For the Birds

For the Birds’ obsessed protagonist has no scientific background, but she’s surrounded by turkeys, ducks and chickens—and a husband who seems to rate lower than the birds. “To me they’re family,” says the bird obsessive. “You gotta have something you believe in. Something that makes you get up in the morning.” What starts as a look at a quirky, possibly mentally ill animal lover becomes a story about a strained marriage and, ultimately, the strength of bonds that carry over to later decades. I left For the Birds unconvinced by its conclusion but fascinated by how one couple’s strife competed with their need for companionship.


I was born blind and I don’t know why/
God knows why because he loves me so

Those lyrics from the singer who goes by the name of Gurrumul hint at a spiritual life that we don’t get to fully know in Gurrumul. An overview of the upbringing and career of the blind Aboriginal singer, the film chronicles Gurrumul’s roots, including a church he attended every Sunday as a boy. The film also does a nice job of presenting the singer’s unwillingness to play the career game, even as his audience grows. Though he’s never known sight, Gurrumul sees through the trappings of worldly success.

The Price of Everything

The first feature from director Nathaniel Kahn since My Architect (2003), The Price of Everything acknowledges the seemingly unstoppable growth in the market for contemporary art, which has continued to sell at auction for ever higher amounts. “Of course it’s a bubble,” acknowledges one interviewee, adding, “Bubble’s make beautiful things. Don’t burst it.”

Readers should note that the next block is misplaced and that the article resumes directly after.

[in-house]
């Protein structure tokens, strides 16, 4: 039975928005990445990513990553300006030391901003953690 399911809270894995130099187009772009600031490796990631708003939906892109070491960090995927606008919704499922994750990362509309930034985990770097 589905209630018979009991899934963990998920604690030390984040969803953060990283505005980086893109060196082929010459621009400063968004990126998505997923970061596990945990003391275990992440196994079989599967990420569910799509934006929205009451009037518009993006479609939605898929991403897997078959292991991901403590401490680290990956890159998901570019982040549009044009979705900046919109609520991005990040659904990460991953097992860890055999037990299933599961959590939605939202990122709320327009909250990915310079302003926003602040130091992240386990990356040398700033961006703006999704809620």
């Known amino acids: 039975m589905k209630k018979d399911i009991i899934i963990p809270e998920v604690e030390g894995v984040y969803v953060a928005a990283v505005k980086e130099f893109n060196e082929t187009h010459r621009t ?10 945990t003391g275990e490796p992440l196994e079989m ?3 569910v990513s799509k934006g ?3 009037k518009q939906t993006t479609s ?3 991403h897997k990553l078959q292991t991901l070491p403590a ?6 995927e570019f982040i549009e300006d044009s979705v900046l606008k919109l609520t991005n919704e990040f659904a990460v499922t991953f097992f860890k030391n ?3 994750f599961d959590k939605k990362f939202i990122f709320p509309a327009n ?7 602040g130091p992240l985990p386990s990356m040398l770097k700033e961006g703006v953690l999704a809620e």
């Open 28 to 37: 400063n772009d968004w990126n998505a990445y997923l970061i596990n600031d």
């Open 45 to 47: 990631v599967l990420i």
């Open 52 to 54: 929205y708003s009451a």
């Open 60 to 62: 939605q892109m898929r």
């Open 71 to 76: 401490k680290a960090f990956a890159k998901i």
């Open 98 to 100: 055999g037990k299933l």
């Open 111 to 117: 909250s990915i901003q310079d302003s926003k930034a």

Seeing major artworks on the big screen is inherently pleasurable, but this isn’t a filmed museum show. Mixing the words of prominent collectors with auction-house employees and art critics, The Price of Everything is a well assembled look at the one percent and at the whims of public taste, with memorable quotes from those who power the world of art auctions. “Art and money have no intrinsic hookup,” says one artist who has known fame but seen his career fade as his style changed. Another on-screen commenter notes the beauty of a Vermeer painting by saying it reflected, “in times less defeated than ours, the soul.” As for making a career as an artist, one critic provides sage advice: “Artists must make an enemy of envy. They must do this, or it will eat them alive.”

Minding the Gap

“Your whole life you’re told, ‘Be a man!’” says one of the skateboarding teens profiled in Minding the Gap, which follows three teens (including filmmaker Bing Liu, who turns the camera on himself at times) who find escape and release from oppressive family situations as they skateboard together. Gradually we learn that, beyond their belief that they “didn’t fit in” with families who didn’t understand the boys’ need to skate, some of them were abused by fathers or their mother’s boyfriends. The fluid, beautiful scenes of the boys skateboarding through their economically depressed town would be enough to recommend Minding the Gap, but what lingers most is the frustration of one man’s anger-driven, poor decision making, and the lingering consequences stemming from an abusive home life. The film includes scenes of reconciliation, repentance and remorse, but feels strangely hopeful rather than despair-filled.